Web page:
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USDF forfifies its arsenal

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image The Cargo Plane that was at Matsapha International Airport yesterday.

MANZINI – The Umbutfo Swaziland Defence Force (USDF) has  purchased a range of new weaponry which is reported to include firearms.


This publication can exclusively reveal that a huge cargo plane yesterday landed at the Matsapha International Airport to deliver weaponry that have been purchased by the USDF. The cargo plane arrived at around 3pm  and was met by a heavy security detail of USDF members and police officers when it delivered unspecified number of firearms and other military hardware.


Impeccable sources from within the security agencies confirmed that the cargo included firearms and other military hardware.
The arrival of the plane and its cargo was said to be top secret such that our attempts to ascertain which country the plane came from were unsuccessful.  When the Times team arrived at the airport, the plane was found parked at the back and army personnel were offloading the equipment. The plane was parked next to a warehouse not far from the airport tower and it was surrounded by heavily armed soldiers and army vehicles.


The plane, due to its size, drew the attention of members of the public at the airport and staff that came closer to get a glimpse of what was being offloaded. However, armed soldiers prevented them from getting any closer.
Heavily armed soldiers were littered around the plane and the airport. Journalists from this publication were ordered to leave the premises and warned not to take pictures.


Army Commander Lieutenant General Sobantu Dlamini, in a telephone interview, confirmed that the plane had come to deliver security equipment for the army. He did not want to specify what the plane had come to deliver, citing security reasons.
Dlamini also wondered how the press got to know of the presence of the aircraft.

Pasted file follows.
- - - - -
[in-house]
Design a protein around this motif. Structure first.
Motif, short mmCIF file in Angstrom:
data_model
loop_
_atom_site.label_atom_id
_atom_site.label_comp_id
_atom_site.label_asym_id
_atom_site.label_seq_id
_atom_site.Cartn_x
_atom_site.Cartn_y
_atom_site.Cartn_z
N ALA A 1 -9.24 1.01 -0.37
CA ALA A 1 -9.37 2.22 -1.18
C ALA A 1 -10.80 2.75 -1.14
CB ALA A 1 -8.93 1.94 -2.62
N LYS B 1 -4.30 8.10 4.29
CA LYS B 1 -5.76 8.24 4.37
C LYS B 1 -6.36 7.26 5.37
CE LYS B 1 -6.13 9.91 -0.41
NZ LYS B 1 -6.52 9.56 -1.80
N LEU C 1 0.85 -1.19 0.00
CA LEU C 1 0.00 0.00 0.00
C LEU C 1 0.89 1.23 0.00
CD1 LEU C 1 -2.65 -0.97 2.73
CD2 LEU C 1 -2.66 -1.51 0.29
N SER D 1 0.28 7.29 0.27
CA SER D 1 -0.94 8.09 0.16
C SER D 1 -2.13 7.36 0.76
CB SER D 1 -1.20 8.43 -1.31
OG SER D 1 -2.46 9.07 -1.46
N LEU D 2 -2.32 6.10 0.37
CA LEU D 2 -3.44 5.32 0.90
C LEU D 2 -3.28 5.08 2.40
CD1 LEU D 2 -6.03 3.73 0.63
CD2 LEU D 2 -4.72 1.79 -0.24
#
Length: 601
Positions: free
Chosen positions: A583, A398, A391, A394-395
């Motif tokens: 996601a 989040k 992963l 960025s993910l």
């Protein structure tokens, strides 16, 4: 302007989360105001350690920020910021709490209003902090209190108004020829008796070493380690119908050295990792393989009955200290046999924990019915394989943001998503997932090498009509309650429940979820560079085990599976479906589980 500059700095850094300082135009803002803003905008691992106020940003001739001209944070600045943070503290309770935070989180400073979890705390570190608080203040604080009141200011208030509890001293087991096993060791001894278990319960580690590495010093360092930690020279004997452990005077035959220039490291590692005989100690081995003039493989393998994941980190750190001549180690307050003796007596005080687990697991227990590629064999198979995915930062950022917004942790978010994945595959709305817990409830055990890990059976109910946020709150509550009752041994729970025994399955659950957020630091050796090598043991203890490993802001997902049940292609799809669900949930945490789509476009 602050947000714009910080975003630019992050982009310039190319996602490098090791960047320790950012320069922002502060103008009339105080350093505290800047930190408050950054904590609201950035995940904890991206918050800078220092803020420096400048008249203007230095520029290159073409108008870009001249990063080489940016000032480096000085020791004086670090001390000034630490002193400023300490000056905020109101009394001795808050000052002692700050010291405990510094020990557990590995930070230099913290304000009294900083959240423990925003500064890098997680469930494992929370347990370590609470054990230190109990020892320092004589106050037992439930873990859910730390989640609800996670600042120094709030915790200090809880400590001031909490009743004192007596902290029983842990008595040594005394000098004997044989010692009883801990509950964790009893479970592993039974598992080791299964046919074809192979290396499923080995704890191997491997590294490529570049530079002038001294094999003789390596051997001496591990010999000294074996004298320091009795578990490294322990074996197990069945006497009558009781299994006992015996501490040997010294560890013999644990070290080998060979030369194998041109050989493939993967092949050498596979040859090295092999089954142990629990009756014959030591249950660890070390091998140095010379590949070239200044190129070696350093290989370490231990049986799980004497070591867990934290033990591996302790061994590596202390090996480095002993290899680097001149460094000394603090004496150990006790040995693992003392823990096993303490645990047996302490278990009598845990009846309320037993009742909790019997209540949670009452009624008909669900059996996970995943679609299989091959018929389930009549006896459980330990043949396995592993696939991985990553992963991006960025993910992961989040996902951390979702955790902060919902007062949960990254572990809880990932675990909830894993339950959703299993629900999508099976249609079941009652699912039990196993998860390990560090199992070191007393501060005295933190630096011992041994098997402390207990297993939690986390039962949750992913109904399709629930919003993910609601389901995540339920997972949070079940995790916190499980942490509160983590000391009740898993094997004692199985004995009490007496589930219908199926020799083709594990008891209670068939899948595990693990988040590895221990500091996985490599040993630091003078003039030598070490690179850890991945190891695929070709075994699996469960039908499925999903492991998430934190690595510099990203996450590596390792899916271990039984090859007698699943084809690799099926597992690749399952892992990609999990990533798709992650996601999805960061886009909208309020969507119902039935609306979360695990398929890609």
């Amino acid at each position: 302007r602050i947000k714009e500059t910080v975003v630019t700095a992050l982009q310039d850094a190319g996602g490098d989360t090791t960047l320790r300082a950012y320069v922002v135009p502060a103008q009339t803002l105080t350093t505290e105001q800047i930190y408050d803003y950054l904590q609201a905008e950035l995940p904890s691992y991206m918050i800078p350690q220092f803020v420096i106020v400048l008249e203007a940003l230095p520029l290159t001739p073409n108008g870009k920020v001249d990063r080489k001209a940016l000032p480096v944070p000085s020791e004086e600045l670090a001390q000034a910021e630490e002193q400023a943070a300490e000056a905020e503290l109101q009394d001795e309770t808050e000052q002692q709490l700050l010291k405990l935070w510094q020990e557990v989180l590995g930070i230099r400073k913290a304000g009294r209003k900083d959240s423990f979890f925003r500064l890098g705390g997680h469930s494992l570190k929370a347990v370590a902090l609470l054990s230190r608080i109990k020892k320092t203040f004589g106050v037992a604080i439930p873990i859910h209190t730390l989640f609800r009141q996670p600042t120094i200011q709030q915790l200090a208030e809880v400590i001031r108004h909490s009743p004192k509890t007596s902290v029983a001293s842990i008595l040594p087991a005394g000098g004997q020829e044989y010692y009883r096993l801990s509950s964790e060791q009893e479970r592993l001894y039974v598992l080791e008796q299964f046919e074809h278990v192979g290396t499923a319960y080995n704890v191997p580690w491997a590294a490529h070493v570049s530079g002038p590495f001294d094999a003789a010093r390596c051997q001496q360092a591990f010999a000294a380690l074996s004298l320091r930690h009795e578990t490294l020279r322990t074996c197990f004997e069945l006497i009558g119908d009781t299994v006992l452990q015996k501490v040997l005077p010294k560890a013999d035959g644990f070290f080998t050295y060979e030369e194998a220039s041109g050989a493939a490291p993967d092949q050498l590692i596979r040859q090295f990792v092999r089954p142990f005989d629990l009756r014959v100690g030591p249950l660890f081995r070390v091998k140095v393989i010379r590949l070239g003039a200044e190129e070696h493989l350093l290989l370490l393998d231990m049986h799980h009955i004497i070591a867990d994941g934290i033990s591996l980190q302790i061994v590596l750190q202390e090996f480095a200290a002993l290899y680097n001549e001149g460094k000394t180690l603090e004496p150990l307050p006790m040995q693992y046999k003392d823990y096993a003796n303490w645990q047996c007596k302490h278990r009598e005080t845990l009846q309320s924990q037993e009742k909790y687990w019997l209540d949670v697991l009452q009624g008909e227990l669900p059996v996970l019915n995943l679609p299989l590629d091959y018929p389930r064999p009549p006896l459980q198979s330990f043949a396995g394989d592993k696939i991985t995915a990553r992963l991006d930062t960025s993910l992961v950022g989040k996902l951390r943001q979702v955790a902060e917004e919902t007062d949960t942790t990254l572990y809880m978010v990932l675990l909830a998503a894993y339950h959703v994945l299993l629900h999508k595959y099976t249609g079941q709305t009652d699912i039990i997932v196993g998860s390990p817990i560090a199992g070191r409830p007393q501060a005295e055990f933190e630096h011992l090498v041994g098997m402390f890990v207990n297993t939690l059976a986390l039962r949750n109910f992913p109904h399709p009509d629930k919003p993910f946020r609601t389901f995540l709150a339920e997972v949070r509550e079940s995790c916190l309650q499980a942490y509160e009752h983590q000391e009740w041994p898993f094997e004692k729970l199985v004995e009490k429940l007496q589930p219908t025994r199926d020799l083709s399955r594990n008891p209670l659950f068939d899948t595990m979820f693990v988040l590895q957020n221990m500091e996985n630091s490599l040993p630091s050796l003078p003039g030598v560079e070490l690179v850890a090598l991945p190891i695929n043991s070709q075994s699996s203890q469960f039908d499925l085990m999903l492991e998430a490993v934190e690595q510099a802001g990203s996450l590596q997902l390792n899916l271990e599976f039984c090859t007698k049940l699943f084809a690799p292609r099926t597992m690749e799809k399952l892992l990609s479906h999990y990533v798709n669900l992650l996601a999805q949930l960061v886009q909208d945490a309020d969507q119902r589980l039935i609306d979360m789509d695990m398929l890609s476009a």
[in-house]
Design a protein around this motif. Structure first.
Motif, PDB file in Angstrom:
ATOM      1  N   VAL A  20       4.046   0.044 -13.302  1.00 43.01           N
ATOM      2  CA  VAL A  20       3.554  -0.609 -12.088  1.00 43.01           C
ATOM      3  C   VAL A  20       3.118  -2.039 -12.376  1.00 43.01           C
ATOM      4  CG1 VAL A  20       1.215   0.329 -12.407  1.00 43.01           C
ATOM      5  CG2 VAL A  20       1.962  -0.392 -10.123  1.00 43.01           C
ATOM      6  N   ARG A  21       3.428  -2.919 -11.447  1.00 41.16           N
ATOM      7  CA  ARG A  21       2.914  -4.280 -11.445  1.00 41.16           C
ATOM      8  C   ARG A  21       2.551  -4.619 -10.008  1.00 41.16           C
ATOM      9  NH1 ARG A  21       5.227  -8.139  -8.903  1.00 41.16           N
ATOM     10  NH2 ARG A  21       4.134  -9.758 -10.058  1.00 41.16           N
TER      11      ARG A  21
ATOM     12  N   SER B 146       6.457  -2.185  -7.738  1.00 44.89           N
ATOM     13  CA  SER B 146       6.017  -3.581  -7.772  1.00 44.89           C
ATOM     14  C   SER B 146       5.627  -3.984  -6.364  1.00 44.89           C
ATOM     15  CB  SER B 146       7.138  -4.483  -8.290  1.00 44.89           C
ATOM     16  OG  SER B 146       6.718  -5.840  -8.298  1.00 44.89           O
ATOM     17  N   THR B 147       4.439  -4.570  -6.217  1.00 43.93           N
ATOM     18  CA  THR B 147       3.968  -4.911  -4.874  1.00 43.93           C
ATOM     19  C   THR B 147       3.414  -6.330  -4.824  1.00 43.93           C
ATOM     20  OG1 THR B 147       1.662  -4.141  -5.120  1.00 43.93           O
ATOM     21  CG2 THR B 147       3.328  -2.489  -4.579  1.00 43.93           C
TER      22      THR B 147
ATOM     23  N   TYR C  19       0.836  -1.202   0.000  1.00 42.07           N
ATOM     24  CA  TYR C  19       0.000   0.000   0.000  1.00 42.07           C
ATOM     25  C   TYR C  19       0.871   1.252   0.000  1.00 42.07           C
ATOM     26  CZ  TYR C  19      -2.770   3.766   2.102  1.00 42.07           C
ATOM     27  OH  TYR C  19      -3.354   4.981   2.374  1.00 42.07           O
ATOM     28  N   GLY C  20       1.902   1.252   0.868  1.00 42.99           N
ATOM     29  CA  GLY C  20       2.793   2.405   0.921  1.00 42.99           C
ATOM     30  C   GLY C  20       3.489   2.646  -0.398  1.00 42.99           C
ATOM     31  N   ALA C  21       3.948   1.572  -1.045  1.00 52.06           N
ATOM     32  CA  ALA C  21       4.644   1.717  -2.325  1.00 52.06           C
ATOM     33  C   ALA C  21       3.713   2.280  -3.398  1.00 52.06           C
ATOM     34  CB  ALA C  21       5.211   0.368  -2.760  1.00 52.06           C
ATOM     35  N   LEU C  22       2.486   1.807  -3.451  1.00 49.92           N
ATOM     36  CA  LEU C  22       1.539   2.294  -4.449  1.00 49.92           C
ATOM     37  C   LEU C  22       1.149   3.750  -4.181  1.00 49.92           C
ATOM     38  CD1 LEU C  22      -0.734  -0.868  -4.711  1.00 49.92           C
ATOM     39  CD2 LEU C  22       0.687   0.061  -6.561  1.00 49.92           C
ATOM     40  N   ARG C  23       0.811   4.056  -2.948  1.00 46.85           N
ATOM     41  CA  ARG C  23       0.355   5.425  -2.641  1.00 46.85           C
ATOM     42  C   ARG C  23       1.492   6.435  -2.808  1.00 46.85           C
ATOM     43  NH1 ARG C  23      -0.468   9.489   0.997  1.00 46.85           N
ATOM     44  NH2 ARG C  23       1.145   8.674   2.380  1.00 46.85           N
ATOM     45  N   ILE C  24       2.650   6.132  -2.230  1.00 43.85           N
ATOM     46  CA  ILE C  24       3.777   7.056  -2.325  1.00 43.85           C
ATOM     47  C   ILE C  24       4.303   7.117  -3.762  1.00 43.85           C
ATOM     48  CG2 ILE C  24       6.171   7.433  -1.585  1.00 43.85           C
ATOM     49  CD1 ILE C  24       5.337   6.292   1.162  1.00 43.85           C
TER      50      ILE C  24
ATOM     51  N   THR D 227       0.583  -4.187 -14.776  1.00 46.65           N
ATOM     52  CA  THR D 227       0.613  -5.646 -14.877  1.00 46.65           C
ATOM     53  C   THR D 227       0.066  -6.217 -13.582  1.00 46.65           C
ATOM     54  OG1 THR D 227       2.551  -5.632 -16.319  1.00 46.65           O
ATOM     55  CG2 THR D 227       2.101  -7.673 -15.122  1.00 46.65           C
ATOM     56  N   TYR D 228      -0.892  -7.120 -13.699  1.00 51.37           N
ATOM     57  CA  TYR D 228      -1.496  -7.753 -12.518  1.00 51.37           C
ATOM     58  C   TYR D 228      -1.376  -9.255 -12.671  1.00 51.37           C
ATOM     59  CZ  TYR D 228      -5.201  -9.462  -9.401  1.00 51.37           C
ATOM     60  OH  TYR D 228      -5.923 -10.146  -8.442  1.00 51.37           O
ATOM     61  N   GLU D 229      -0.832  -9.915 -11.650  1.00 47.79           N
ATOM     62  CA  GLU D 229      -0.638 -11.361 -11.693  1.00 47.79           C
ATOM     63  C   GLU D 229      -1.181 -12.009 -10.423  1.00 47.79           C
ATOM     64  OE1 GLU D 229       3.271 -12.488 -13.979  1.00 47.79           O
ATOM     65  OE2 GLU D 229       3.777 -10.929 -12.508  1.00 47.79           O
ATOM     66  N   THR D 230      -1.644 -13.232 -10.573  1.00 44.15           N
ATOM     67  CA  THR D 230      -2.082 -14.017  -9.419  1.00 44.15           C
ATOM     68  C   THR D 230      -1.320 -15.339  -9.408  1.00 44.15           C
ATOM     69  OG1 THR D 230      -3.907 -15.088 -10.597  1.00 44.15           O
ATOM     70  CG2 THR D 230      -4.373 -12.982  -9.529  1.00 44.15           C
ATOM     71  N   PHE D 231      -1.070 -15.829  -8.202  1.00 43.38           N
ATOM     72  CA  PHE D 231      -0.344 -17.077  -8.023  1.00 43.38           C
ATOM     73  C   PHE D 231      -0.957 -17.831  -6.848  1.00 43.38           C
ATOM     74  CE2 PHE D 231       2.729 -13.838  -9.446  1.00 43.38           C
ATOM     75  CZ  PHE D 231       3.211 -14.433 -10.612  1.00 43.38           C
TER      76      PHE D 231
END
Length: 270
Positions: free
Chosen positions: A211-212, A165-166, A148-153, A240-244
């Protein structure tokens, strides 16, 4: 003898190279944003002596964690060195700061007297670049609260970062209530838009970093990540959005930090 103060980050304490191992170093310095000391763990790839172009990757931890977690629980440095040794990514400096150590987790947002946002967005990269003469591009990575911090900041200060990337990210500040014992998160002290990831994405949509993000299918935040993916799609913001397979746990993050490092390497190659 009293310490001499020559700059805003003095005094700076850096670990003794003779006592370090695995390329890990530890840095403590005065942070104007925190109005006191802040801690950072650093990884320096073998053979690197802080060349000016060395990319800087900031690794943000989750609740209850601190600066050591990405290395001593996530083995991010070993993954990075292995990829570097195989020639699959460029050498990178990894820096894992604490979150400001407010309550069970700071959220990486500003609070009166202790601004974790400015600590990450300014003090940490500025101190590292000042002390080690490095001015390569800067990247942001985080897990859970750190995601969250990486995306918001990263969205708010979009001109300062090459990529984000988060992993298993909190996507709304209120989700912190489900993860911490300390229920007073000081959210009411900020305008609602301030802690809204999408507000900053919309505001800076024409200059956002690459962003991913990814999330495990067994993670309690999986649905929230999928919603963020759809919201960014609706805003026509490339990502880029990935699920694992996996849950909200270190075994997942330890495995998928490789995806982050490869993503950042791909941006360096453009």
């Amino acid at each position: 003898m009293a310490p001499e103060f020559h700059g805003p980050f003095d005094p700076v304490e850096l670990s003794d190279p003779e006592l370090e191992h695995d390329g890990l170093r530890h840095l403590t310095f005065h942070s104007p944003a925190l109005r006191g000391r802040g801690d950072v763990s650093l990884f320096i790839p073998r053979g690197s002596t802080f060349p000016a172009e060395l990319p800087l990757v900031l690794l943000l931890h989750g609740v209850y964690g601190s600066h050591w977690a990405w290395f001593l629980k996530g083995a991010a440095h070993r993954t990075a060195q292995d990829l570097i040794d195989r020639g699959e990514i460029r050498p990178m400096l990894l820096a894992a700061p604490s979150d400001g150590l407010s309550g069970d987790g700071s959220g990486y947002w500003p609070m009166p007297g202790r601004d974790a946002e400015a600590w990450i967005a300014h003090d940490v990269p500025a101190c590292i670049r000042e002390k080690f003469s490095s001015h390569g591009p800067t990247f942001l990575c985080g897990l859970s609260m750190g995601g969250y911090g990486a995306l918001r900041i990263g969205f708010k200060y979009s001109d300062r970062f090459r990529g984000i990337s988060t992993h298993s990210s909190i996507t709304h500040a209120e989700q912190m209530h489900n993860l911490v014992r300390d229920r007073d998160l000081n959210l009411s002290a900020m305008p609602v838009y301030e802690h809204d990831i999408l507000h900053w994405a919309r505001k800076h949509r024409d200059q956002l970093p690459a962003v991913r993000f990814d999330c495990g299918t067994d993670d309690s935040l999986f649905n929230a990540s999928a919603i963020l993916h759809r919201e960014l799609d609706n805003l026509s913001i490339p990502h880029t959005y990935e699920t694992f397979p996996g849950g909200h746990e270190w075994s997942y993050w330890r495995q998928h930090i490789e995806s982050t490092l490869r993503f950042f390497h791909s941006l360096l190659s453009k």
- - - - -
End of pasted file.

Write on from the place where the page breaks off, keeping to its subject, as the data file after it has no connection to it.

“Who told you of the plane? What had you gone there to do? I can only confirm the presence of the plane and that it has come to deliver security equipment, full stop,” the army commander said.
When pressed further on what the security equipment was for, he refused to elaborate.


“I cannot reveal due to security issues. This is equipment intended for and known by us, the security force. Uyaganga. I can never detail each an every item relating to security. Such is never publicised.”


“I can never reveal where the equipment is coming from. Security issues must be respected,” Dlamini said.
 Government, in the beginning of its fiscal year, allocated the Ministry of Defence E867 million.  The budget for the ministry increased by E109 million from last year’s, which stood at E758 million.


The ministry’s allocation is the fourth highest when compared to other portfolios. It is only lower than the Ministries of Education and Training, Health and Public Works and Transport, respectively.
According to the 2011 Central Intelligence Agency (CIA) World Factbook, Swaziland is spending more money on the army than any other country in the SADC region and ranks 13th in the world.

The comparison has been made in terms of the percentage of the gross domestic product (GDP) that a country spends on the army. It must be noted that the CIA based its information on statistics dating between 2005 and 2010 for the various countries but when it comes to Swaziland the data is for 2006.


In the entire African continent, Swaziland reportedly ranks third after Burundi and Morocco who are ranked eighth and 11th in the world, respectively.
The World Factbook provides information on the history, people, government, economy, geography, communications, transportation, military, and transnational issues for 267 world entities.

 

 

TUCOSWA not pleased


MANZINI – The continuous excessive expenditure by the army may jeopardise the negotiations for salary increments between government and public sector unions.


This was the view of Vincent Ncongwane, the Secretary General (SG) of the deregistered Trade Union Congress of Swaziland (TUCOSWA), during an interview yesterday.
“The continuous excessive expenditure by the army makes the public sector unions not understand why government is failing to increase their salaries because they think the country has money. They think the country has money because the army continues with secretive expensive expenditures while the country is not at war and there are no signs of a looming war,” Ncongwane said.
He urged government to thoroughly look into the issue and make some means to cut down the excessive expenditure by the army.
Ncongwane said he understood the Umbutfo Swaziland Defence Force (USDF) should be secretive with its operations like every country, but since Swaziland was not at war, the continuous expenditure should be minimised because it confuses the people of the country.

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